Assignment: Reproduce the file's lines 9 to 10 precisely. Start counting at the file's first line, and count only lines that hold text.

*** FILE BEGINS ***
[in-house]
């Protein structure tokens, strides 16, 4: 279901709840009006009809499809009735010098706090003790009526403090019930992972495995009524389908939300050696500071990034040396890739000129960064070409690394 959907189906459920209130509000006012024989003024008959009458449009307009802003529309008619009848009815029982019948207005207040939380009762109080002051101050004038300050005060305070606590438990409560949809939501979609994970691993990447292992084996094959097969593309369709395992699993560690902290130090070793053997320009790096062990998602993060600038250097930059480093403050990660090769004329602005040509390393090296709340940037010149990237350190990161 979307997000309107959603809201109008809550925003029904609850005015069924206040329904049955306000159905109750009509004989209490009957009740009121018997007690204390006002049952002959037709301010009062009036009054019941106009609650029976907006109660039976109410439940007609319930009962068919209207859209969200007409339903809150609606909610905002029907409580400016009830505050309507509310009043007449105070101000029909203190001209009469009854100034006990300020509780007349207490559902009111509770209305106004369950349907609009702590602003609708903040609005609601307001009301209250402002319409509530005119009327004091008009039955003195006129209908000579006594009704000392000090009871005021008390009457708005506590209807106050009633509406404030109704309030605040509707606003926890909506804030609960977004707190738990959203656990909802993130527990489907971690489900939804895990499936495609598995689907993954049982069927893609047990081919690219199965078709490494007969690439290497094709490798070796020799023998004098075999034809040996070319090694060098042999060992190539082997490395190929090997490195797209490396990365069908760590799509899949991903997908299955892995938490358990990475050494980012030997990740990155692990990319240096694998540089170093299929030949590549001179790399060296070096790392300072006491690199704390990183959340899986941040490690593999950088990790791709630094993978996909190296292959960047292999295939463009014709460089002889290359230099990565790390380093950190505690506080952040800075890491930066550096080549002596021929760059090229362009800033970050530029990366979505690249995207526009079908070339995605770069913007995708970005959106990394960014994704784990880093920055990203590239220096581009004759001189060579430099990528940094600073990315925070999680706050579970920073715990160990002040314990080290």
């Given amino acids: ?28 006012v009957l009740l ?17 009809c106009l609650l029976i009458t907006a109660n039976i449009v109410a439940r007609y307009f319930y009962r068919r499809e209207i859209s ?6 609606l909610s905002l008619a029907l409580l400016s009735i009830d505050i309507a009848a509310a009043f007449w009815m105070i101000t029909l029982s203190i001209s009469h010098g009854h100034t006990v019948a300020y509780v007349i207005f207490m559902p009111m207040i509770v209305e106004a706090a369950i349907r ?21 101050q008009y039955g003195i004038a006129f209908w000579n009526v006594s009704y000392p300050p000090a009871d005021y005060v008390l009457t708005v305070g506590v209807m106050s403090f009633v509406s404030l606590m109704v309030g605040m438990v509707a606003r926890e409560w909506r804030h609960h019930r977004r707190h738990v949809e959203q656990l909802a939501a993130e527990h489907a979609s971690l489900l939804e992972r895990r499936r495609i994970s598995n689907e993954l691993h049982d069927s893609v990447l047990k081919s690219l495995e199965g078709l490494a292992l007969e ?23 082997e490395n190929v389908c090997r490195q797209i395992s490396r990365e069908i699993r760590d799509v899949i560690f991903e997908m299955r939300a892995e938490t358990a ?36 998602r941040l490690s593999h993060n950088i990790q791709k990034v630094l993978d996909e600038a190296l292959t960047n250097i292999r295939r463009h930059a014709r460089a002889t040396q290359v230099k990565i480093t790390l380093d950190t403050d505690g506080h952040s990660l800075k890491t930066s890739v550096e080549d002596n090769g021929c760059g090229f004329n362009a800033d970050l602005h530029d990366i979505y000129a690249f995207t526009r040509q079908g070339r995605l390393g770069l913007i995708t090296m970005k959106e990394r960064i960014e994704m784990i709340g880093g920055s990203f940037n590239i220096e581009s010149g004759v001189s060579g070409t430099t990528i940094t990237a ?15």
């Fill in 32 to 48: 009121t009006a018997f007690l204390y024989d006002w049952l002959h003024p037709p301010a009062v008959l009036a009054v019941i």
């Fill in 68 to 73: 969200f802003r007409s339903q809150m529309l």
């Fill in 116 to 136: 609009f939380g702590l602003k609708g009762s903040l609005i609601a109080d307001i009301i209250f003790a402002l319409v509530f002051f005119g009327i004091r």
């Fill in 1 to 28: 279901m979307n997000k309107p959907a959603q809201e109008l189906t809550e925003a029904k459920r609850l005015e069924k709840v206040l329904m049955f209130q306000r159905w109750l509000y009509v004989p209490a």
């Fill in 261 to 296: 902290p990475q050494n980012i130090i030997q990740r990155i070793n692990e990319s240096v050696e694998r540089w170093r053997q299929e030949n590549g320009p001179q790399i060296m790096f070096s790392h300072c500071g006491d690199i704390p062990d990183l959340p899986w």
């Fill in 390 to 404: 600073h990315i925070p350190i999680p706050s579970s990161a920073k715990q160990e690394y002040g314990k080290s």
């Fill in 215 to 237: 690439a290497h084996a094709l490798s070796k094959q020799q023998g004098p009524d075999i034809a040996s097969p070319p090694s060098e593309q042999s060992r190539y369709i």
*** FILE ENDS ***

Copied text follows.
């Fill in 390 to 404: 600073h990315i925070p350190i999680p706050s579970s990161a920073k715990q160990e690394y002040g314990k080290s």
């Fill in 215 to 237: 690439a290497h084996a094709l490798s070796k094959q020799q023998g004098p009524d075999i034809a040996s097969p070319p090694s060098e593309q042999s060992r190539y369709i």